(30, 10, 20),
    (20, 2, 18),
def test_transactions(earned, spent, expected):
    my_wallet = Wallet()
    assert my_wallet.balance == expected

This enables us to test different scenarios, all in one function. We make use of the @pytest.mark.parametrize decorator, where we can specify the names of the arguments that will be passed to the test function, and a list of arguments corresponding to the names.

The test function marked with the decorator will then be run once for each set of parameters.

For example, the test will be run the first time with the earned parameter set to 30, spent set to 10, and expected set to 20. The second time the test is run, the parameters will take the second set of arguments. We can then use these parameters in our test function.

This elegantly helps us capture the scenario:

  • My wallet initially has 0,
  • I add 30 units of cash to the wallet,
  • I spend 10 units of cash, and
  • I should have 20 units of cash remaining after the two transactions.

This is quite a succinct way to test different combinations of values without writing a lot of repeated code.

Combining Test Fixtures and Parametrized Test Functions

To make our tests less repetitive, we can go further and combine test fixtures and parametrize test functions. To demonstrate this, let’s replace the wallet initialization code with a test fixture as we did before. The end result will be:


def my_wallet():
    '''Returns a Wallet instance with a zero balance'''
    return Wallet()

@pytest.mark.parametrize("earned,spent,expected", [
    (30, 10, 20),
    (20, 2, 18),
def test_transactions(my_wallet, earned, spent, expected):
    assert my_wallet.balance == expected

We will create a new fixture called my_wallet that is exactly the same as the empty_wallet fixture we used before. It returns a wallet instance with a balance of 0. To use both the fixture and the parametrized functions in the test, we include the fixture as the first argument, and the parameters as the rest of the arguments.

The transactions will then be performed on the wallet instance provided by the fixture.

You can try out this pattern further, e.g. with the wallet instance with a non-empty balance and with other different combinations of the earned and spent amounts.

Continuous Testing on Semaphore CI

Next, let’s add continuous testing to our application using SemaphoreCI to ensure that we don’t break our code when we make new changes.

Make sure you’ve committed everything on Git, and push your repository to GitHub or Bitbucket, which will enable Semaphore to fetch your code. Next, sign up for a free Semaphore account, if you don’t have one already. Once you’ve confirmed your email, it’s time to create a new project.

Follow these steps to add the project to Semaphore:

  1. Once you’re logged into Semaphore, navigate to your list of projects and click the “Add New Project” button:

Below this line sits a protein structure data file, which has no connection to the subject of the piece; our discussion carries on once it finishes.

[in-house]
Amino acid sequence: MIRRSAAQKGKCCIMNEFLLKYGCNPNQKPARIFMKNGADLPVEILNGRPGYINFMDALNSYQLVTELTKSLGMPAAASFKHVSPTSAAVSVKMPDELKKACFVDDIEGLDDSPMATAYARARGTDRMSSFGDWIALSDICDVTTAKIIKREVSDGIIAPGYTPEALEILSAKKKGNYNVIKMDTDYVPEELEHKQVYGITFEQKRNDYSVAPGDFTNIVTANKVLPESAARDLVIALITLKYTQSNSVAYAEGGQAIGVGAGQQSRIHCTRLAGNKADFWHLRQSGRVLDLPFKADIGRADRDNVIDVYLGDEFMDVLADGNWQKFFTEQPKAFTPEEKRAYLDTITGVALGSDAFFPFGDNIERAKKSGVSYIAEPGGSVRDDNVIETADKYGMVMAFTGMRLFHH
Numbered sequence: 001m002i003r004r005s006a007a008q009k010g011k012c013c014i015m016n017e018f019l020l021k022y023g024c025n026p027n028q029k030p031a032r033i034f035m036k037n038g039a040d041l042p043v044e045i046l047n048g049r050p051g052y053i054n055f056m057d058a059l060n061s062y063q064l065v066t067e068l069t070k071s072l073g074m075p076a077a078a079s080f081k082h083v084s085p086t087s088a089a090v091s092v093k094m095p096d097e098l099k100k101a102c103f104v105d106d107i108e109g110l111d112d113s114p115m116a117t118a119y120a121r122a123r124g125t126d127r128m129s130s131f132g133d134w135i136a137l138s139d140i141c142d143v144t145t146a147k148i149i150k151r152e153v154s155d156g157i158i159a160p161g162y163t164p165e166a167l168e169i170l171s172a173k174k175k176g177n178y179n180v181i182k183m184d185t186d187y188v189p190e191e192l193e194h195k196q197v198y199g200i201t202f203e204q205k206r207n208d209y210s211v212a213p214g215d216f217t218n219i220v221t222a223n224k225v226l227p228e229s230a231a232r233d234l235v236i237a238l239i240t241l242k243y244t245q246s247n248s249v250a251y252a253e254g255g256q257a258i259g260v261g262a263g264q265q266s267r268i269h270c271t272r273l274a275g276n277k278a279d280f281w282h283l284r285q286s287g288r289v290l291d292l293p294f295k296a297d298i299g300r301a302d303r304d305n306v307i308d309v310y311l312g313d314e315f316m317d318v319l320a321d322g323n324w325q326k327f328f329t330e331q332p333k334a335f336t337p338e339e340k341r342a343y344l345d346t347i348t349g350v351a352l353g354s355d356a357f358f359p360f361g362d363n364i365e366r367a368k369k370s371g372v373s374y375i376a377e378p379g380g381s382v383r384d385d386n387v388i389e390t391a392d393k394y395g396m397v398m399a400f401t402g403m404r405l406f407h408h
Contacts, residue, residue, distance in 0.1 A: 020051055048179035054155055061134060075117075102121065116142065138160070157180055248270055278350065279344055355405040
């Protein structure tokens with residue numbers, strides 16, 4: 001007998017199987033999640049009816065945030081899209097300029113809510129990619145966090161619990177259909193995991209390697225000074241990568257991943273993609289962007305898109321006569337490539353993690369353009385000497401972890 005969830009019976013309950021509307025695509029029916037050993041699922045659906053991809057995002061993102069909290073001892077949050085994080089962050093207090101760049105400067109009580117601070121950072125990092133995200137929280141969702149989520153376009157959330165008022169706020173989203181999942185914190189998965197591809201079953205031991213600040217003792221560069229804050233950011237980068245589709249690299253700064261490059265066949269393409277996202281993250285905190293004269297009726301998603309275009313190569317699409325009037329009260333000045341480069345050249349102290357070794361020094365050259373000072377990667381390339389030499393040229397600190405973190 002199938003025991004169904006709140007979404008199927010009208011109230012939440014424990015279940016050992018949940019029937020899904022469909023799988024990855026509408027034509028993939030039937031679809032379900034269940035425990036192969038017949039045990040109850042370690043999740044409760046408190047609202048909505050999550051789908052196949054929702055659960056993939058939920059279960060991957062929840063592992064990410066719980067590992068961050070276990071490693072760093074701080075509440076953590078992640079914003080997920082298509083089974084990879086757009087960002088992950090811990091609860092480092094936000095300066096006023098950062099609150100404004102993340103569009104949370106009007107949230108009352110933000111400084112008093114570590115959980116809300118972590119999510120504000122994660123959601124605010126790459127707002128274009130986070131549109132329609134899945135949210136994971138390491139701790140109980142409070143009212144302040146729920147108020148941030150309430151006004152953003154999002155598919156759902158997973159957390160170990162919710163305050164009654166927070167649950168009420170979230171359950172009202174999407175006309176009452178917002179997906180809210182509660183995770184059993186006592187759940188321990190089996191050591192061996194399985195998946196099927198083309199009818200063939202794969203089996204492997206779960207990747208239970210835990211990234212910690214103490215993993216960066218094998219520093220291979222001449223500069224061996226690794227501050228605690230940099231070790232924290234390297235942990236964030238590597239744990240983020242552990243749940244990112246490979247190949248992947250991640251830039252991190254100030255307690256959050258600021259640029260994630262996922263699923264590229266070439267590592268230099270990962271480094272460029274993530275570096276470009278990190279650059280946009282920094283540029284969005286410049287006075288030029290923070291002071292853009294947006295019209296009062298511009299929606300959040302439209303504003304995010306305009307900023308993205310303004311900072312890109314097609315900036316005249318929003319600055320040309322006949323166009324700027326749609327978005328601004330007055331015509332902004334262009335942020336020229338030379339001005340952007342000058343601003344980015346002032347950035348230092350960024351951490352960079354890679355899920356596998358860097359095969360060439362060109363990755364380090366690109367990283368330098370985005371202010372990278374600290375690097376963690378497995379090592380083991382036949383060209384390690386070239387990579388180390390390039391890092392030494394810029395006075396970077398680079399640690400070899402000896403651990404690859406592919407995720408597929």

2. Next, select the account where you wish to add the new project.

    Select Account Screen

  3. Select the repository that holds the code you’d like to build:

    Select Repository Screen

  4. Select the branch you would like to build. The master branch is the default.

    Select branch

  5. Configure your project as shown below:
    Project Configuration

  6. Once your build has run, you should see a successful build that should look something like this: Successful Build

In a few simple steps, we’ve set up continuous testing.


We hope that this article has given you a solid introduction to pytest, which is one of the most popular testing tools in the Python ecosystem. It’s extremely easy to get started with using it, and it can handle most of what you need from a testing tool.

You can check out the complete code on GitHub.

Please reach out with any questions or feedback you may have in the comments section below.

Also found at : Semaphore Community: Testing Python Applications with Pytest

Post author

Dustin Gurley is an Designer, Developer, Artist, Instructor, Critical Theorist and Systems Engineer. He has an extensive background working professionally with 2D/2.5D/3D Motion Graphics, Compositing, Film, Video, Photography and client-side performance techniques as it pertains to web development. Dustin recently completed work on his Master of Fine Art degree in Motion Media Design (Motion Graphics) from the Savannah College of Art and Design. Prior to beginning his graduate work, Dustin obtained a Bachelor of Art degree in Communication Studies with a concentration in Broadcast and Emerging Media from the University of North Carolina at Wilmington. In addition to design and modeling, Dustin enjoys toying with his view camera, working with scratch film, authoring media related material and contributing to various industry conferences. When not in front of a computer, Dustin can be found with his wife, Regina Everett Gurley. The couple enjoys dividing their time between their home just outside of Raleigh, North Carolina and the beautiful North Carolina coast. Currently, Dustin serves as the Lead Instructor of Internet Technologies for Wake Technical Community College in Raleigh, North Carolina.